In this study, we report the application of a LAMP assay with six primers for the rapid and sensitive detection of Salmonella.
2Materials and methods
As a control, 220 strains of 39 serotypes of Salmonella subsp. enterica, 7 strains of Salmonella enterica subsp. arizonae and 62 strains of 23 bacterial species other than Salmonella (Table 1) were used to test the specificity of the LAMP assay. Listeria was cultured on 5% sheep blood agar medium under 5% CO2 for 18 h at 35 °C. Vibrio was cultured on tryptic soy agar medium (TSA) (Difco, Detroit, MI) containing 3% NaCl for 18 h at 37 °C. The other bacteria were cultured on heart infusion agar medium at 37 °C for 18 h. Colonies were suspended to #2 McFarland standard turbidity in 5 ml phosphate buffered saline (PBS). The bacterial suspension was diluted in PBS to 106 CFU/ml. The dilutions were used for the LAMP and PCR assays.
|Strains||No. of strains||Amplification of invA|
|Salmonella enterica subsp. enterica|
|Salmonella enterica subsp. arizonae||7||+||+|
Cultures of Salmonella Blockley, Salmonella Braenderup, Salmonella Bredeney, Salmonella Cerro, Salmonella Corvallis, Salmonella Enteritidis, Salmonella Haardt, Salmonella Isangi, and Salmonella Virchow were tested for sensitivity in the LAMP and PCR assays. They were cultured in buffered peptone water (BPW, Oxoid, UK) at 37 °C for 18 h and serially 10-fold diluted in PBS to 10−4–10−7. Each dilution was used for the LAMP and PCR assays. In addition, 1 ml of each dilution of S. enteritidis culture was added to 9 ml of the enrichment culture of a liquid egg sample in BPW. The sample was preliminarily confirmed to be Salmonella-negative by culture, PCR and LAMP methods. This Salmonella-added enrichment culture of liquid egg was used to determine the sensitivity of the LAMP and PCR assays. To determine inoculum size, 0.1 ml of the each dilution of Salmonella culture was plated onto TSA in duplicate. After incubation at 37 °C for 18 h, the number of colonies was counted.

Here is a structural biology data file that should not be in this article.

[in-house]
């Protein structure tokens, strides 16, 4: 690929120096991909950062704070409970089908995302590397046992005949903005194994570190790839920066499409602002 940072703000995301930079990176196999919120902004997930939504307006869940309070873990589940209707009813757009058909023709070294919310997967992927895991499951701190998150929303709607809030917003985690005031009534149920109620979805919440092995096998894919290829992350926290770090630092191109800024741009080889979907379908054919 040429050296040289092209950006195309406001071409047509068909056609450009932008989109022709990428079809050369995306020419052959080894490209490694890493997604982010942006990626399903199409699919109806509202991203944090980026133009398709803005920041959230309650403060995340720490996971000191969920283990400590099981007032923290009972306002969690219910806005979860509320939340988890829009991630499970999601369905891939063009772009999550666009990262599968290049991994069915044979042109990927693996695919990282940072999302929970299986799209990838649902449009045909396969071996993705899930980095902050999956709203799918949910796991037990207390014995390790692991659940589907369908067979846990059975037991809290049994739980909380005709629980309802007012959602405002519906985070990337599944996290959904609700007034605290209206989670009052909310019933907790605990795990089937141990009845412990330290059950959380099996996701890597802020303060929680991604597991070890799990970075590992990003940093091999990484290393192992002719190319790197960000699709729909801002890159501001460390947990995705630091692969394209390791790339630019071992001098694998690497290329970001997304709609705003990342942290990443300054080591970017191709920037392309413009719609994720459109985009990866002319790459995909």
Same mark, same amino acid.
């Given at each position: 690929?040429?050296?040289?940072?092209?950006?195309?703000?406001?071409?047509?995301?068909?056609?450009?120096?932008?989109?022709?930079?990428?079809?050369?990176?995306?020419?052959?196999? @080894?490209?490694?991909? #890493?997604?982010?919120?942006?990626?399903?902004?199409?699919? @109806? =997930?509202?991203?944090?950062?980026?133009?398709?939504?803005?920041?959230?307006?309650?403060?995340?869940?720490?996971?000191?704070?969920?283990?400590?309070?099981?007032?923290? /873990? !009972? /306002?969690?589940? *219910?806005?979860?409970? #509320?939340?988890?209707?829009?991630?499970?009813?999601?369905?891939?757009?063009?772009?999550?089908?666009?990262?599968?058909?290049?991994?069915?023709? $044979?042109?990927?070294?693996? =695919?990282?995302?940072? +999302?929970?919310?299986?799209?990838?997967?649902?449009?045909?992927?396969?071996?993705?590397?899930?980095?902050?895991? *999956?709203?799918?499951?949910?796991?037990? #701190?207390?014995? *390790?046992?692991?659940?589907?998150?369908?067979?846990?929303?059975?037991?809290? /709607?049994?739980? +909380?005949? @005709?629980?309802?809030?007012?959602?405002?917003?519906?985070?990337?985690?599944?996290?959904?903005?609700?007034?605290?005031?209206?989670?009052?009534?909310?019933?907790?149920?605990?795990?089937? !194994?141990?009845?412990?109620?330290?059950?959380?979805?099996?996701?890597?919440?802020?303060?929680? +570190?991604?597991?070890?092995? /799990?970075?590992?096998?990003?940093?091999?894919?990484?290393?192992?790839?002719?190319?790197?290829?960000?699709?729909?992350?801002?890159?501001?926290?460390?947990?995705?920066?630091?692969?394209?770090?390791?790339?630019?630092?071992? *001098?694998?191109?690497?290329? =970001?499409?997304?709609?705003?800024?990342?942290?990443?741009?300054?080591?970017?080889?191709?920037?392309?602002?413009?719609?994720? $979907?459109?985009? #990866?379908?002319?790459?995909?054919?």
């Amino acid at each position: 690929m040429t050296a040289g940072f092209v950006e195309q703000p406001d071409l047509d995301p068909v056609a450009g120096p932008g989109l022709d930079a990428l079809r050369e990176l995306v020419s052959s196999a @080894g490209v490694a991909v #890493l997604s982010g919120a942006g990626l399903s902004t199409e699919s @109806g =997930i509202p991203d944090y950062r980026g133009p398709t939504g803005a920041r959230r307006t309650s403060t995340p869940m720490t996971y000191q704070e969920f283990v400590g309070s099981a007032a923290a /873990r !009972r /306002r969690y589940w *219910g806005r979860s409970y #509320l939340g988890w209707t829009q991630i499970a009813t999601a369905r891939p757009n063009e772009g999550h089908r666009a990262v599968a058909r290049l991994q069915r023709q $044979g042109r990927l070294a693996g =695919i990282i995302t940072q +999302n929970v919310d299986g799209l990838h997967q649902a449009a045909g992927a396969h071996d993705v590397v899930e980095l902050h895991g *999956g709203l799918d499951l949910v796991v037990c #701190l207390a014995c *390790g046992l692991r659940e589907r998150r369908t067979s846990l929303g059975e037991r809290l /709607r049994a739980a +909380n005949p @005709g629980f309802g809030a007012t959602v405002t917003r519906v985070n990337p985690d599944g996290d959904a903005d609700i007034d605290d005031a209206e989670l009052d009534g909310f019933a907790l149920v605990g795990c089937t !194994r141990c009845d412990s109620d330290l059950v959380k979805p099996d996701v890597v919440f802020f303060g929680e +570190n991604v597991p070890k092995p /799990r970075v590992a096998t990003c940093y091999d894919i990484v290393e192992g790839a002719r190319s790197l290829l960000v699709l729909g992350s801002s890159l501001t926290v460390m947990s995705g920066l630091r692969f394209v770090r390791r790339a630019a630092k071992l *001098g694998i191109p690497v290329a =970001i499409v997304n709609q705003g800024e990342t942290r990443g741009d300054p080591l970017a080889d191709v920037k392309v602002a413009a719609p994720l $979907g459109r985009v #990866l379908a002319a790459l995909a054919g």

In this study, six primers, two inner primers, two outer primers and two loop primers (Table 2), targeting Salmonella enterica invasion protein (invA) gene  were used for the LAMP reactions . The region which these primers target are shown in Fig. 1. The LAMP reaction was performed using a Loopamp DNA amplification kit (Eiken Chemical Co., Ltd.). Each 50 μl of the samples prepared for the LAMP assay described above was added to 50 μl of the extraction solution (pH 12.5) (BLA6600150, Eiken Chemical Co., Ltd.) and heated at 100 °C for 5 min to extract DNA. The samples were centrifuged (Tomy, Tokyo) at 2000g for 1 min, and the supernatant was transferred to a new microcentrifuge tube and used as the template DNA solution for the LAMP assay. The LAMP reaction mixture contained the primers for Salmonella detection (20 μl), Bst polymerase (1 μl), YO-PRO-1 iodide (intercalating Molecular Probe, OR) (0.125 μl), and template DNA solution (5 μl). The reaction components were mixed in a tube, incubated at 65 °C for 60 min using a thermal cycler (ABI7700, Applied BioSystems, Foster City, CA.) and then heated to 80 °C for 2 min to terminate the reaction. The LAMP amplicon was detected as a value of fluorescence (delta Rn) in real-time using an increase in fluorescence intensity from the intercalating dye. In addition, turbidity produced by magnesium pyrophosphate , a by-product during the reaction was noted visually. Salmonella DNA extracted from a suspension of S. enteritidis cells was used as positive control each time.